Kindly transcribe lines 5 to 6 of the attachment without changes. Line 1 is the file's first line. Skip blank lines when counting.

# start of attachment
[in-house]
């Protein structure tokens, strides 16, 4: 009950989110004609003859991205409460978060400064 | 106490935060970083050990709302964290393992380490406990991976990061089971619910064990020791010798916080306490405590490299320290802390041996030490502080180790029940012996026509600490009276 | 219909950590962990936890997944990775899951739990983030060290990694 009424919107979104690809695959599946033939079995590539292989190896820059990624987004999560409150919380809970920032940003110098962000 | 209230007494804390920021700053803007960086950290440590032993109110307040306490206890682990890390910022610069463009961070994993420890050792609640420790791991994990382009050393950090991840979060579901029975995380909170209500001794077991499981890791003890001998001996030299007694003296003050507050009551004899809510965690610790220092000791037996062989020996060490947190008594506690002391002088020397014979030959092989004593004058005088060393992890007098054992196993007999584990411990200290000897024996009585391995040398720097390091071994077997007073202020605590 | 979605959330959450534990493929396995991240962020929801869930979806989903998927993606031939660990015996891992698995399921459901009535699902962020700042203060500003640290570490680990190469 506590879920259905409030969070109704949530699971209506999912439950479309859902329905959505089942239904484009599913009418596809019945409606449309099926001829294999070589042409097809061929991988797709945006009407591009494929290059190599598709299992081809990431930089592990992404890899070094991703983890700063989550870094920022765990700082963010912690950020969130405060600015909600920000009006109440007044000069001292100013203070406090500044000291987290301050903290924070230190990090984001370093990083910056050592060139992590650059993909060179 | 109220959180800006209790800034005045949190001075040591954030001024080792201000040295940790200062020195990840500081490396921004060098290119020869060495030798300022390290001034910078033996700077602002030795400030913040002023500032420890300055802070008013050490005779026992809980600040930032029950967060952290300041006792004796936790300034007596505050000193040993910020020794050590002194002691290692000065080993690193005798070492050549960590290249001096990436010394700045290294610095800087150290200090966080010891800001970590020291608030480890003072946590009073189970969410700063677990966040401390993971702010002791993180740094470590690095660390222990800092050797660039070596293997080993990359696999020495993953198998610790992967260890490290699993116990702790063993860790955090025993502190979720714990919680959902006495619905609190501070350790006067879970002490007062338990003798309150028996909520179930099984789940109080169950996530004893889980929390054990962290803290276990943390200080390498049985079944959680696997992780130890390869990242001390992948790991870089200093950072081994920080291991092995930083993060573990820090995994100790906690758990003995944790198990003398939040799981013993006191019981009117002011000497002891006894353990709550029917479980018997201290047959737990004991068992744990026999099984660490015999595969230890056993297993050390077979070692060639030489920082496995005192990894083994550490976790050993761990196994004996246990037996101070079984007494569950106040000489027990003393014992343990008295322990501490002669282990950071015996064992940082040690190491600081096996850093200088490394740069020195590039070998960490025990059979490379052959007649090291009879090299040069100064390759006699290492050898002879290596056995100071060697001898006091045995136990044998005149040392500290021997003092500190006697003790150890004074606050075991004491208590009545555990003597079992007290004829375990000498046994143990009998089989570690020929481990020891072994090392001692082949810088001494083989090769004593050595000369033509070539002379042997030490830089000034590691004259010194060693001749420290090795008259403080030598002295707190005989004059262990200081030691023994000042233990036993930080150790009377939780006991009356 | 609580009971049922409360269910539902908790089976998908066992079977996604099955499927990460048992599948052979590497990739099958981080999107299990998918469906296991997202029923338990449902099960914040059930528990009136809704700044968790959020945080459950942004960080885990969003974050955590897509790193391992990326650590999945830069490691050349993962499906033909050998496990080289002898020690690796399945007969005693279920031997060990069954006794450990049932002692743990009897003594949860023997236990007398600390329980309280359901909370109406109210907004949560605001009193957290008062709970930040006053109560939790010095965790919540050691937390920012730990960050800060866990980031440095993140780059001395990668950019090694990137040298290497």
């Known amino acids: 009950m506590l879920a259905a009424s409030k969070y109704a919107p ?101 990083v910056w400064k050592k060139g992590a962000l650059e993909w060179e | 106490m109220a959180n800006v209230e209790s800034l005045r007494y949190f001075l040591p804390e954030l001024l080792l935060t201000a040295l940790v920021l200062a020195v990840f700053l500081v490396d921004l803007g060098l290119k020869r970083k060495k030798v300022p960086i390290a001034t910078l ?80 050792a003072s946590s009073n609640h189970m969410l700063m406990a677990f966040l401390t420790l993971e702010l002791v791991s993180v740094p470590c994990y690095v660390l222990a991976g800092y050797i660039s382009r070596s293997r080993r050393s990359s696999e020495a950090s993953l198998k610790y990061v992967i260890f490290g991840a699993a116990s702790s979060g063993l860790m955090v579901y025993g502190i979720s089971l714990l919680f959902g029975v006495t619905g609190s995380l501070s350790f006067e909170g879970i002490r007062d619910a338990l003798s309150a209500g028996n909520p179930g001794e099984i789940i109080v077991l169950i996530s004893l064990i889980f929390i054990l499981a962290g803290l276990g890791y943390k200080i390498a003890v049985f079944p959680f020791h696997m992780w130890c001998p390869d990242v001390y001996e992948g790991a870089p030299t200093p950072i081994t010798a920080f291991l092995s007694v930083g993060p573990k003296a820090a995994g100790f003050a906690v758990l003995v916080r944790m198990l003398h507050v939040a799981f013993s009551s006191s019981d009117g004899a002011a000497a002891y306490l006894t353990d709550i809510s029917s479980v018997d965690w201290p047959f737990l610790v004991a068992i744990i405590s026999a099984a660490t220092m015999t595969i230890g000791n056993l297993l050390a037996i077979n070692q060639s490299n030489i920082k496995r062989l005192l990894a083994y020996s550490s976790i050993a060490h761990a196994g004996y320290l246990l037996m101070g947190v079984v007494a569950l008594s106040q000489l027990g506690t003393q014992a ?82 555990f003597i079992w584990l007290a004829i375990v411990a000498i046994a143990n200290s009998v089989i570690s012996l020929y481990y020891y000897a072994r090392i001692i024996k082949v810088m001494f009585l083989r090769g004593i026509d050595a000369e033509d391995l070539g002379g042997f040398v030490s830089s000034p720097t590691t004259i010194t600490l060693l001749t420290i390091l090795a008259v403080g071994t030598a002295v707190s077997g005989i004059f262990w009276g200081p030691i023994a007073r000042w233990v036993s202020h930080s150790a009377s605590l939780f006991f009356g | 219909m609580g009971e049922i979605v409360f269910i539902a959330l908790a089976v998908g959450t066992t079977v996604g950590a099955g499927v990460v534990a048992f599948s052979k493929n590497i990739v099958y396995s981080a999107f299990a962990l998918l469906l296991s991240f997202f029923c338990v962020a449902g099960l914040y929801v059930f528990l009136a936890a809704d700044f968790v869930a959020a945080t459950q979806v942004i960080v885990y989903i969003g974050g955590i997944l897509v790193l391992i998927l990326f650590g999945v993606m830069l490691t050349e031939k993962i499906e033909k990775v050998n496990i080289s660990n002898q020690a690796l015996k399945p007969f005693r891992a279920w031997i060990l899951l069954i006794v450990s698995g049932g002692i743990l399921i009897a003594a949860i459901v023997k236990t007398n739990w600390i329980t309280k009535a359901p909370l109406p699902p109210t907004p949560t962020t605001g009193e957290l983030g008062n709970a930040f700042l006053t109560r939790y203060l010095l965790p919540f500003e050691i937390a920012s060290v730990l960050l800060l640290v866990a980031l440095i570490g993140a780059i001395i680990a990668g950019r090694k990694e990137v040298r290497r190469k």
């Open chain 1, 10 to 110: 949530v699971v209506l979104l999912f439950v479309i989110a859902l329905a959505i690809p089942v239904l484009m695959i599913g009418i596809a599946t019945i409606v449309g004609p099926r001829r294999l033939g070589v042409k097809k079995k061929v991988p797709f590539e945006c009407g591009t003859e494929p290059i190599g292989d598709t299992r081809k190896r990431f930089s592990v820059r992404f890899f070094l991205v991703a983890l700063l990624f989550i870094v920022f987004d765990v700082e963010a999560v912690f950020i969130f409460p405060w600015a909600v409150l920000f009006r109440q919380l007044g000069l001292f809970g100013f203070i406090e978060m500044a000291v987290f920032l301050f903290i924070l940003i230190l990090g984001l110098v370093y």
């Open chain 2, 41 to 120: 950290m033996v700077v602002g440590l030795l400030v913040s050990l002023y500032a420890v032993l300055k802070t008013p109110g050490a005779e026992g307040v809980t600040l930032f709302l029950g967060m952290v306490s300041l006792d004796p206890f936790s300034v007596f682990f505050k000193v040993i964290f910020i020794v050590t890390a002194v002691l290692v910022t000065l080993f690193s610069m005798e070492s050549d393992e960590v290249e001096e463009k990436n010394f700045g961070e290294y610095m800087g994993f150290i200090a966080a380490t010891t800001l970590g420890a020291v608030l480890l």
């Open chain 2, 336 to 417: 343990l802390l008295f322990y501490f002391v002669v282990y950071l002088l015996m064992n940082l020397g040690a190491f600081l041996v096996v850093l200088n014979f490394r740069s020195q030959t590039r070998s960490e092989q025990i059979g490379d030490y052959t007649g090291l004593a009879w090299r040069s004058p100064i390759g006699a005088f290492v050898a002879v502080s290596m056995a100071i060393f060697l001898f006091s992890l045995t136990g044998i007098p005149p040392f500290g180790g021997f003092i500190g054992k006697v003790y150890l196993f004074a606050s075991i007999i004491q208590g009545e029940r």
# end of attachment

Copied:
């Open chain 2, 41 to 120: 950290m033996v700077v602002g440590l030795l400030v913040s050990l002023y500032a420890v032993l300055k802070t008013p109110g050490a005779e026992g307040v809980t600040l930032f709302l029950g967060m952290v306490s300041l006792d004796p206890f936790s300034v007596f682990f505050k000193v040993i964290f910020i020794v050590t890390a002194v002691l290692v910022t000065l080993f690193s610069m005798e070492s050549d393992e960590v290249e001096e463009k990436n010394f700045g961070e290294y610095m800087g994993f150290i200090a966080a380490t010891t800001l970590g420890a020291v608030l480890l």
């Open chain 2, 336 to 417: 343990l802390l008295f322990y501490f002391v002669v282990y950071l002088l015996m064992n940082l020397g040690a190491f600081l041996v096996v850093l200088n014979f490394r740069s020195q030959t590039r070998s960490e092989q025990i059979g490379d030490y052959t007649g090291l004593a009879w090299r040069s004058p100064i390759g006699a005088f290492v050898a002879v502080s290596m056995a100071i060393f060697l001898f006091s992890l045995t136990g044998i007098p005149p040392f500290g180790g021997f003092i500190g054992k006697v003790y150890l196993f004074a606050s075991i007999i004491q208590g009545e029940r």